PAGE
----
“My view is I would not be in favor of shortening any of the sentences to any of the people who pled guilty to crimes,” McConnell told reporters during a Tuesday press conference on Capitol Hill. He didn’t weigh in further.
Former President Donald Trump over the weekend offered his support for those who stormed the Capitol, suggesting pardons for those involved if he returns to the White House in 2024.
“If I run and if I win, we will treat those people from Jan. 6 fairly. We will treat them fairly,” Trump said. “And if it requires pardons, we will give them pardons. Because they are being treated so unfairly.”
The GOP response to Trump’s comments has varied. Sen. Lindsey Graham (R-S.C.), a Trump ally, said they were “inappropriate” because they might increase the likelihood of further violence. Sen. Bill Cassidy (R-La.), who voted to convict Trump over the Jan. 6 riot at the Capitol, said it should be left up to the judicial process.
“If you do the crime, you do the time. You shouldn’t be pardoned for that,” Cassidy said Monday.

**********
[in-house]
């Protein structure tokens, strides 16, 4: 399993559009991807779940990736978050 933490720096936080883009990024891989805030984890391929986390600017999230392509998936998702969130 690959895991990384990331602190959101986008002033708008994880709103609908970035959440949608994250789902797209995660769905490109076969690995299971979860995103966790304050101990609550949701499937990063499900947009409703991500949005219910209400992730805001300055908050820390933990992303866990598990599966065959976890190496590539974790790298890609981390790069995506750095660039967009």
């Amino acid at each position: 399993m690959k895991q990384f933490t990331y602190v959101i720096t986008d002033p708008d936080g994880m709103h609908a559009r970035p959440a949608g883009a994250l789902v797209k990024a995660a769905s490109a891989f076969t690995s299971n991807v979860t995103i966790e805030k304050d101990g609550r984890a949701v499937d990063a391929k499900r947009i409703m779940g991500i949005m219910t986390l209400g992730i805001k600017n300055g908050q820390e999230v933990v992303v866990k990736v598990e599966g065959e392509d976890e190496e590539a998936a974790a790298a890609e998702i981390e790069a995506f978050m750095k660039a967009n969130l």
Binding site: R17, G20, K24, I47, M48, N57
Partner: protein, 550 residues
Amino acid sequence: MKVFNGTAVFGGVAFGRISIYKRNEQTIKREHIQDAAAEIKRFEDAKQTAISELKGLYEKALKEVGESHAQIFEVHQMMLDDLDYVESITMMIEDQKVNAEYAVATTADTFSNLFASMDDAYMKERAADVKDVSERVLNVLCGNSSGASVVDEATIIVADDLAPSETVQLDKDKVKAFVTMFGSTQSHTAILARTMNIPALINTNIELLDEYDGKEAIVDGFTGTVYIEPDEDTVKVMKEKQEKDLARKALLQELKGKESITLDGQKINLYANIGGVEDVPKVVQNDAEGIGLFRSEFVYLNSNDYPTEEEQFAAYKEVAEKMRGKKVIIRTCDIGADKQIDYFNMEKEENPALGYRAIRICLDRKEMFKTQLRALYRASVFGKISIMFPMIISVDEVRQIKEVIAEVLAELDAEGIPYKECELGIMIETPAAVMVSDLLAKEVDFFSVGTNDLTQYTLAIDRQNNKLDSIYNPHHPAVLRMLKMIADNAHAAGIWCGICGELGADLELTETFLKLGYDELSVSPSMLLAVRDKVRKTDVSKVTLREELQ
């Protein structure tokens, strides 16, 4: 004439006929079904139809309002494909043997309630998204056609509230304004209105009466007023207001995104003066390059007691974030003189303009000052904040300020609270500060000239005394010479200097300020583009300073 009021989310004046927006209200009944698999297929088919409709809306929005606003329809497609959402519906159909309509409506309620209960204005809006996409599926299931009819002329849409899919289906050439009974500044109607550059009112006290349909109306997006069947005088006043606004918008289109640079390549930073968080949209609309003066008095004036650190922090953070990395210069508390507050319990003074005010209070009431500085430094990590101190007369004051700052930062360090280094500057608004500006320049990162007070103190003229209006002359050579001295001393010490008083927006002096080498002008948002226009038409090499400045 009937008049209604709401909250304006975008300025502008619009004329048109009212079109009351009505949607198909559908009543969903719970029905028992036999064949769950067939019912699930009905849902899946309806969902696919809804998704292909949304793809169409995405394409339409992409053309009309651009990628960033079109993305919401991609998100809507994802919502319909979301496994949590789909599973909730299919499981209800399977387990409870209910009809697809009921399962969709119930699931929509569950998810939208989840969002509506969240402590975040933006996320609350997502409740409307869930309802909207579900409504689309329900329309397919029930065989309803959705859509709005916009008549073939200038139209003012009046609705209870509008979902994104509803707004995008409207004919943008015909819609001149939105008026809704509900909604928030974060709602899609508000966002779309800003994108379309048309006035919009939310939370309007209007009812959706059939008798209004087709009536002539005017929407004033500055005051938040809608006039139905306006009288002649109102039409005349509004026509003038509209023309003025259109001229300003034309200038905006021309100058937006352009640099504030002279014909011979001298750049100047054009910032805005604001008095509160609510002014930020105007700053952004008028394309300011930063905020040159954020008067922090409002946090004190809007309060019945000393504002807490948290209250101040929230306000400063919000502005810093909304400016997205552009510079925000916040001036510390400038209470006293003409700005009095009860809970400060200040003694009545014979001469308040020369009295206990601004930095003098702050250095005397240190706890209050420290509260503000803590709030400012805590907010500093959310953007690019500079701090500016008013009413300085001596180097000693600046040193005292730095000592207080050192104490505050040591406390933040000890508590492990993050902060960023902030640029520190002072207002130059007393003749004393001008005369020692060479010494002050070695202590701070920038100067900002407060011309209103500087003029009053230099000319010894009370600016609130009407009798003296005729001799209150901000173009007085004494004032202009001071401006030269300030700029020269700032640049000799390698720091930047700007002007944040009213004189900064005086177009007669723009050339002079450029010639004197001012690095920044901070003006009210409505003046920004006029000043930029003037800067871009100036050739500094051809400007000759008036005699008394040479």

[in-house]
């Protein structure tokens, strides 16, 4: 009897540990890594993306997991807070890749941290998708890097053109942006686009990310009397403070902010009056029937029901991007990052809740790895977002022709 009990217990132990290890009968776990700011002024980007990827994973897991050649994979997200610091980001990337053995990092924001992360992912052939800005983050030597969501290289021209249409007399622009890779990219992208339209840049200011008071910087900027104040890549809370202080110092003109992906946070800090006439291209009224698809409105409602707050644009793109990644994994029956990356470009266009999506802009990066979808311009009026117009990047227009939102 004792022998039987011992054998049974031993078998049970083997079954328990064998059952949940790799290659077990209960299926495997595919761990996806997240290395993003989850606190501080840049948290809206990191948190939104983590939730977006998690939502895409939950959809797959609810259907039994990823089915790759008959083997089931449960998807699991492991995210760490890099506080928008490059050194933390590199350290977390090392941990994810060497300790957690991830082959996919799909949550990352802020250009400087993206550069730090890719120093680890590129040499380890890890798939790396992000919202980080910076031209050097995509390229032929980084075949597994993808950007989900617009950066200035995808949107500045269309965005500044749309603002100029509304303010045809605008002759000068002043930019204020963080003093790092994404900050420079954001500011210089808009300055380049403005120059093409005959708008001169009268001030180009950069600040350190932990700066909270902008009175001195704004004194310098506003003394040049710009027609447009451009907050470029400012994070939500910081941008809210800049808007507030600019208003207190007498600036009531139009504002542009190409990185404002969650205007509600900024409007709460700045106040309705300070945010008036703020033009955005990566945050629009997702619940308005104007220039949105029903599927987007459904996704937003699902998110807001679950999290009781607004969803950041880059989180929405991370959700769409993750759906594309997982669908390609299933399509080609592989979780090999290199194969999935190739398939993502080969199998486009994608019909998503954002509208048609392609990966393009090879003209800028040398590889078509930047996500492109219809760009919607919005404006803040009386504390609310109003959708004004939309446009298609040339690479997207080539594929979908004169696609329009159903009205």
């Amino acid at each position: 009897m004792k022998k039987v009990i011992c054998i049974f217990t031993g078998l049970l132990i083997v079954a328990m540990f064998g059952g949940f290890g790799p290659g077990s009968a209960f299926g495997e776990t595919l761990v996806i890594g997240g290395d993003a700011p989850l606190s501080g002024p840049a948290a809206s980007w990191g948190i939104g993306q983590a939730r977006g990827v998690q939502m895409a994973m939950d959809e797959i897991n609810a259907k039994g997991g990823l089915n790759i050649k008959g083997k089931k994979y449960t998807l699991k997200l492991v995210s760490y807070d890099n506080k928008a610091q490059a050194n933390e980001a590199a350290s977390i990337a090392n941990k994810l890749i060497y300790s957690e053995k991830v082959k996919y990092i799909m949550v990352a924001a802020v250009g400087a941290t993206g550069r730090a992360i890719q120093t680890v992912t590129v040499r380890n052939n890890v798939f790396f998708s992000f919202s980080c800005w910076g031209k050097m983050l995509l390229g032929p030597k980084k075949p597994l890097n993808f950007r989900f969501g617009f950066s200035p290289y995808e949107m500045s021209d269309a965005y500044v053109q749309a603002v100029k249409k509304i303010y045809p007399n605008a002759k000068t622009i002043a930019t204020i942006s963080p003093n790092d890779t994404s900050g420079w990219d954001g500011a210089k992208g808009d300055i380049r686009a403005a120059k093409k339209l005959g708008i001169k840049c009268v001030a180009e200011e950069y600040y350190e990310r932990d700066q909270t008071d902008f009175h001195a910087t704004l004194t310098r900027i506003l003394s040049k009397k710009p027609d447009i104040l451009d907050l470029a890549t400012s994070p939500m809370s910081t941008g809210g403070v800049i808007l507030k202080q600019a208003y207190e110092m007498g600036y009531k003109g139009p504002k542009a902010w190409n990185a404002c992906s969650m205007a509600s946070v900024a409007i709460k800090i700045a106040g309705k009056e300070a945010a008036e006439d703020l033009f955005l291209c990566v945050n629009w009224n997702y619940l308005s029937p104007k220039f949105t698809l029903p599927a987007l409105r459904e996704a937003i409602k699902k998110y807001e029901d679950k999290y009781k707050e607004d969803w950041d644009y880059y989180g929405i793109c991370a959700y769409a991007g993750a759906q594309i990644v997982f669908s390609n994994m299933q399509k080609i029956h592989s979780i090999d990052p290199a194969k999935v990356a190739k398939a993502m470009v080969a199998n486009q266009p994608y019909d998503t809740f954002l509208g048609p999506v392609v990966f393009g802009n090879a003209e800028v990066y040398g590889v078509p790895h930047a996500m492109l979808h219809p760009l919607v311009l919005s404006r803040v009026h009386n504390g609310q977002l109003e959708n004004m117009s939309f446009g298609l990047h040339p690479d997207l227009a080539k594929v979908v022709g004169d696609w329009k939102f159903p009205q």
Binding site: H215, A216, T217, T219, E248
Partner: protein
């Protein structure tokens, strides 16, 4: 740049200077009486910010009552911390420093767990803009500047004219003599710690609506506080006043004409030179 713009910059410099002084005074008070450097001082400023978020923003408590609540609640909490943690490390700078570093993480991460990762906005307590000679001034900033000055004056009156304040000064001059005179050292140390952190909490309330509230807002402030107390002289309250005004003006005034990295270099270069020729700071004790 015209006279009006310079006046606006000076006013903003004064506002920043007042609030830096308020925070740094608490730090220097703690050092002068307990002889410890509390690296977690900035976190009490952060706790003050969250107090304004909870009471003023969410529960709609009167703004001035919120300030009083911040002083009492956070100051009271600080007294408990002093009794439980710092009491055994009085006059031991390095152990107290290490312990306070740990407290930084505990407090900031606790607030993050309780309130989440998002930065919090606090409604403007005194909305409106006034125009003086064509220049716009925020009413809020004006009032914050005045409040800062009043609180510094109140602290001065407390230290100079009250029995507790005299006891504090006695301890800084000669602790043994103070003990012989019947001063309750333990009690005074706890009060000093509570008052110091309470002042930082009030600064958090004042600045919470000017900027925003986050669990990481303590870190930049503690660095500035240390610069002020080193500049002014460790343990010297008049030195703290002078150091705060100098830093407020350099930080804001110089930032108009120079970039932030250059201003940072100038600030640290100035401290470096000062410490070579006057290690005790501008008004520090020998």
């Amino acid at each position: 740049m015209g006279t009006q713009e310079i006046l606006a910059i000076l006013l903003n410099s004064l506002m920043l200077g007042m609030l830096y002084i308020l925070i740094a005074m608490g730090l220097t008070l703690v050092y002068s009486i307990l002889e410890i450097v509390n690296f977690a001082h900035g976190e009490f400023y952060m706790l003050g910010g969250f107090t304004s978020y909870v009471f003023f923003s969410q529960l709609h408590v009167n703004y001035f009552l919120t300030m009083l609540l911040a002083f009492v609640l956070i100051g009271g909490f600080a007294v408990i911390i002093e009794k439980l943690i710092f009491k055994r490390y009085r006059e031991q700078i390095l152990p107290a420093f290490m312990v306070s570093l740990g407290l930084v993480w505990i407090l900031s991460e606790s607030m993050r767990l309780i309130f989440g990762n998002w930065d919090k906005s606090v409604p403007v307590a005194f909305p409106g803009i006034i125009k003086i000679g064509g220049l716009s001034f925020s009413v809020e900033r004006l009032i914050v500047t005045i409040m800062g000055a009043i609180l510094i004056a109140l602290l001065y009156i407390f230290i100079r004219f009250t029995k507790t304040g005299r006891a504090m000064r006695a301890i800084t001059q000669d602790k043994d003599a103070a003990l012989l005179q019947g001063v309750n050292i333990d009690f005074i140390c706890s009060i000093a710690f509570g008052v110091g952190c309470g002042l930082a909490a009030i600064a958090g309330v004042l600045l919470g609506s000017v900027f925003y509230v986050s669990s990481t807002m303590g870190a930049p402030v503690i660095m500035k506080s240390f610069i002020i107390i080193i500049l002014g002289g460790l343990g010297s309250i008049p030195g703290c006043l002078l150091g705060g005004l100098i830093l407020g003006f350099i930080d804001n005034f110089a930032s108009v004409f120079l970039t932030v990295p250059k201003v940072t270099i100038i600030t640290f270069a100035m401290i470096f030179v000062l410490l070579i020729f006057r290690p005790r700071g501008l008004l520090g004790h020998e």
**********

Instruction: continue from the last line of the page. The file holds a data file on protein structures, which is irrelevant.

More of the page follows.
“My view is I would not be in favor of shortening any of the sentences to any of the people who pled guilty to crimes.”
– Sen. Mitch McConnell
But other Republicans said Trump has every right to campaign on pardons for rioters who are currently facing prosecution.
“If he runs and gets elected … if he feels at that point there were people unjustly or wrongly detained, he has every right in the world to do that,” Sen. Kevin Cramer (R-N.D.) said.
After the Jan. 6 riot, McConnell delivered a scalding denunciation of Trump, calling him morally responsible for provoking the harrowing events of the day. But he later voted with many of his GOP colleagues not to convict the former president over the attack, during his second Senate impeachment trial last year.
Since then, McConnell has mostly dodged questions about Trump and his election lies, telling reporters the GOP should focus instead on the future.
Trump has said he won’t reveal his future plans until after the November midterm elections. He has remained politically active and is still the dominant figure within the Republican Party, leading early 2024 GOP primary polls.